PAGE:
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Pragya (Academician), Nepal Academy of Science and Technology (NAST);

Chair of Interdisciplinary Analysts (IDA); 

Chair, Nepal Water Conservation Foundation;   

Former Minister of Water Resources of Nepal

Dipak Gyawali is a hydroelectric power engineer and a political economist who, during his time as Nepal’s Minister of Water Resources in 2002/2003, initiated reforms in the electricity and irrigation sectors focused on decentralization and promotion of rural participation in governance. He also initiated the first national review and comparison of Nepali laws with the guidelines of the World Commission on Dams.

Mr. Gyawali has been a visiting professor at the UN University in Japan as well as a research scholar at the East-West Center in Hawaii, the Queen Elizabeth House in Oxford, the London School of Economics, and the International Environment Academy in Switzerland. His research focuses on the interface between technology and society as related to water and energy issues.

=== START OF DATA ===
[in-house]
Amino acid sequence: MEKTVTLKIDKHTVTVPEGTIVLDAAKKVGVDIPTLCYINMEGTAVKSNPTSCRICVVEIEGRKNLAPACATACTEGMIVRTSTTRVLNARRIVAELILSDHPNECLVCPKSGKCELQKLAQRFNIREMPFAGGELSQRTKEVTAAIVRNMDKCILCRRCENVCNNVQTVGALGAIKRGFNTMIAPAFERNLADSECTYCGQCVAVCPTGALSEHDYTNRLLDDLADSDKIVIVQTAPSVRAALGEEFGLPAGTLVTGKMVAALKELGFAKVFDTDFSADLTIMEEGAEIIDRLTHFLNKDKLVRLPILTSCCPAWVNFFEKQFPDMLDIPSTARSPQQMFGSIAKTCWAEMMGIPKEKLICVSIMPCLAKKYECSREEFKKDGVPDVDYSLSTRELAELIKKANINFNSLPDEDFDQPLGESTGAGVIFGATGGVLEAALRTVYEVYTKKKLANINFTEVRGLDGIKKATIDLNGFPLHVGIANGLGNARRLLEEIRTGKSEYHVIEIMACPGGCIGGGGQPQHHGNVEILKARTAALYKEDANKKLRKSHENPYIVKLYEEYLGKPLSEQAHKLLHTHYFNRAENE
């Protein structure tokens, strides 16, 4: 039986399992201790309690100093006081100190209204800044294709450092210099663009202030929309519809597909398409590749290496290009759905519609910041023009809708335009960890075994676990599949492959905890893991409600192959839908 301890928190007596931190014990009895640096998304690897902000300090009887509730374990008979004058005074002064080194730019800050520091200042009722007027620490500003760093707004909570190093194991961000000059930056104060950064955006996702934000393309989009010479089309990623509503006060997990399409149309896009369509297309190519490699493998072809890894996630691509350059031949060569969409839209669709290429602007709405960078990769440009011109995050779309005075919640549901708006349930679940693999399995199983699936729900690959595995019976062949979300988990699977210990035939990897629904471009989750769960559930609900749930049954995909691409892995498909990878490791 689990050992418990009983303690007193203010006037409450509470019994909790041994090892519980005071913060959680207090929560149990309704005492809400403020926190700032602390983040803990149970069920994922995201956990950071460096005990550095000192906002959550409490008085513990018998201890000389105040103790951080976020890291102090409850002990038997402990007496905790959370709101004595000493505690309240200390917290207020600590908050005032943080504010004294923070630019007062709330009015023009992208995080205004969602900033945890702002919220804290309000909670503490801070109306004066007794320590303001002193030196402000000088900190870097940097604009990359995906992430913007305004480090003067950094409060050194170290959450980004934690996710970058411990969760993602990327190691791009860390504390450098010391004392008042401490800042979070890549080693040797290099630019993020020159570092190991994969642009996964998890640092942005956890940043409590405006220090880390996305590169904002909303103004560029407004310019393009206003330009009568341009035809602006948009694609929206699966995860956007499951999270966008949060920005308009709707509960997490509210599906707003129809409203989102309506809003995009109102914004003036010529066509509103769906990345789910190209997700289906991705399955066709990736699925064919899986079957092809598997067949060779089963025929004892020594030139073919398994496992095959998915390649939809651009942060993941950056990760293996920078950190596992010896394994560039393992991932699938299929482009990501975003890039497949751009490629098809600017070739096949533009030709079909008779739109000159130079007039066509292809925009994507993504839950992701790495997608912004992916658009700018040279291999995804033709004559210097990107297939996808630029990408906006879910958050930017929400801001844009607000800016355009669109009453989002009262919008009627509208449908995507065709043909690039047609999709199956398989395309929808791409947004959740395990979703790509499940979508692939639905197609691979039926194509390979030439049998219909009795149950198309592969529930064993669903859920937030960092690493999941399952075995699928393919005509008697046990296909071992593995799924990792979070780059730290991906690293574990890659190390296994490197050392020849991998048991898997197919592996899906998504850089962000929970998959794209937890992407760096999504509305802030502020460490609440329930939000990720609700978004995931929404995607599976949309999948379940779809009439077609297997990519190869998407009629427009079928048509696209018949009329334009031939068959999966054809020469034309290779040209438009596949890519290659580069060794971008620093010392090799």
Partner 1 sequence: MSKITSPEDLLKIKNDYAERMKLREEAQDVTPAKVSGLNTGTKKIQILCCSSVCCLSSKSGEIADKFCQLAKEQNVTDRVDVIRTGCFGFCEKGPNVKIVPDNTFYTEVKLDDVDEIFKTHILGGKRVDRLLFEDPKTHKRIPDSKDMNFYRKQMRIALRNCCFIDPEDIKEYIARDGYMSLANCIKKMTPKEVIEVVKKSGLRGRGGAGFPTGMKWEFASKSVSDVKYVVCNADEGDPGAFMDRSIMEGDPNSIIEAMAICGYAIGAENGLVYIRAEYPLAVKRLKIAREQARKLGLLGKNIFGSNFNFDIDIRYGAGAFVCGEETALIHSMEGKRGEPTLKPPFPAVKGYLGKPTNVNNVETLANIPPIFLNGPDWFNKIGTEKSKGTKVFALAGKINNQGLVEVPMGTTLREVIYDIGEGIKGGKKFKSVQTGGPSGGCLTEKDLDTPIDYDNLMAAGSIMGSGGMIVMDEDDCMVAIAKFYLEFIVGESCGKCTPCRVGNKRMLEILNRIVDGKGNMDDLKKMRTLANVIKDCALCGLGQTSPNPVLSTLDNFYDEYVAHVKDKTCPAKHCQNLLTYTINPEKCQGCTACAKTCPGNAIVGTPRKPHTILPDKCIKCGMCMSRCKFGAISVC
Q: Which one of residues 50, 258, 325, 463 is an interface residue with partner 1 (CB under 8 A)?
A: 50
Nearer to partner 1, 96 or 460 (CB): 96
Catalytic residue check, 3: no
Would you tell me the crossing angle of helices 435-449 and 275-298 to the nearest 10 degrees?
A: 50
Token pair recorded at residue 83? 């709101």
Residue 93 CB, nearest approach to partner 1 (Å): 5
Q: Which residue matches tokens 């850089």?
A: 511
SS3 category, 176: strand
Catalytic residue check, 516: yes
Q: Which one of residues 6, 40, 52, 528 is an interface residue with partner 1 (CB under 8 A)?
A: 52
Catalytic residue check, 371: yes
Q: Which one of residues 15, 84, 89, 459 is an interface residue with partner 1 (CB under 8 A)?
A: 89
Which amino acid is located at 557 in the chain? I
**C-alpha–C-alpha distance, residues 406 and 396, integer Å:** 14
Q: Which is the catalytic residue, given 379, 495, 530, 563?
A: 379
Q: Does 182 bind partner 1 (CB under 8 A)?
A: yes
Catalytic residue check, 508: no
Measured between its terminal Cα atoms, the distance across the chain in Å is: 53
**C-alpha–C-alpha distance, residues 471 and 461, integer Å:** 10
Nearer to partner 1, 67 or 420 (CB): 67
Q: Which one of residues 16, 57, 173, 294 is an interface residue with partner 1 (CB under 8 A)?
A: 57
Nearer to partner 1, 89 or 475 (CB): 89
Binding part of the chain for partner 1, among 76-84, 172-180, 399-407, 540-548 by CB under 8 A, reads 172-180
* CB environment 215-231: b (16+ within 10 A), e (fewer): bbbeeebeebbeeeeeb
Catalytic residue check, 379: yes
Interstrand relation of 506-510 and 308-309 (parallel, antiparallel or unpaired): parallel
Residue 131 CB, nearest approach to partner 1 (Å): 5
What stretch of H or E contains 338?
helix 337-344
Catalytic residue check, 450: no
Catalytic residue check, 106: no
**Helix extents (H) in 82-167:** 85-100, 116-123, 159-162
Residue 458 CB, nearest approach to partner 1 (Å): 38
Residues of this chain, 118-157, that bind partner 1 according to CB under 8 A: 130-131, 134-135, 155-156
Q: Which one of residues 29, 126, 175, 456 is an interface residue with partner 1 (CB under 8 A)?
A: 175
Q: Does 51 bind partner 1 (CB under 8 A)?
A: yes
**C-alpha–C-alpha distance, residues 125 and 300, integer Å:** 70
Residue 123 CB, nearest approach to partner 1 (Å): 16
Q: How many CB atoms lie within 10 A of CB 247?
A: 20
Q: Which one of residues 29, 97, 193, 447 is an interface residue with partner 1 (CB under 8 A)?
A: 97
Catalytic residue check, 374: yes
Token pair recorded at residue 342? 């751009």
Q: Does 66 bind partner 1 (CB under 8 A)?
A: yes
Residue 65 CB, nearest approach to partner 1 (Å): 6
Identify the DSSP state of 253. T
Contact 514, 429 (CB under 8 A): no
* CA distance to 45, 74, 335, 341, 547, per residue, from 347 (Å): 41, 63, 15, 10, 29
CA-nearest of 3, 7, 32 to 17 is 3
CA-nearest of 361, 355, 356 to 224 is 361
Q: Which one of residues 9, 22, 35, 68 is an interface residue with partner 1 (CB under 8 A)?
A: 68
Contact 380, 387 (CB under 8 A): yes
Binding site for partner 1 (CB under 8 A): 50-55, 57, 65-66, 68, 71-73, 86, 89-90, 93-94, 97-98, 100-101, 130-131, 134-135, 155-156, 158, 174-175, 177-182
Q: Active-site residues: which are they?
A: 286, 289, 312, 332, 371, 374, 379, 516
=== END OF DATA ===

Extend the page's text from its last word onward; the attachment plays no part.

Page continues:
Mr. Gyawali has served on several government commissions related to Himalayan water and energy resources development; has served as a member of the panel of experts for the Mekong River Commission reviewing its basin development plan; has published extensively both academically and in the popular press on water resource, environment and development issues; was the founding chair of the poverty alleviation focused NGO, Rural Self Reliance Development Center; and is the founding chair of Nepal’s first liberal arts college, the Nepa School of Social Sciences and Humanities. In addition, he is a guest senior research scholar with the International Institute for Applied Systems Analysis (IIASA) in Laxenburg, Austria, and a member of the Global Forest Expert Panel on Forests and Water set up by the International Union of Forest Research Organizations (IUFRO). In addition, he serves as advisor to Nepali associations such as Biogas Support Program and to international organizations such as The STEPS Center/University of Sussex and UN World Water Assessment Program (Perugia, Italy).

His most recent publication is Aid, Technology and Development: The Lessons from Nepal.


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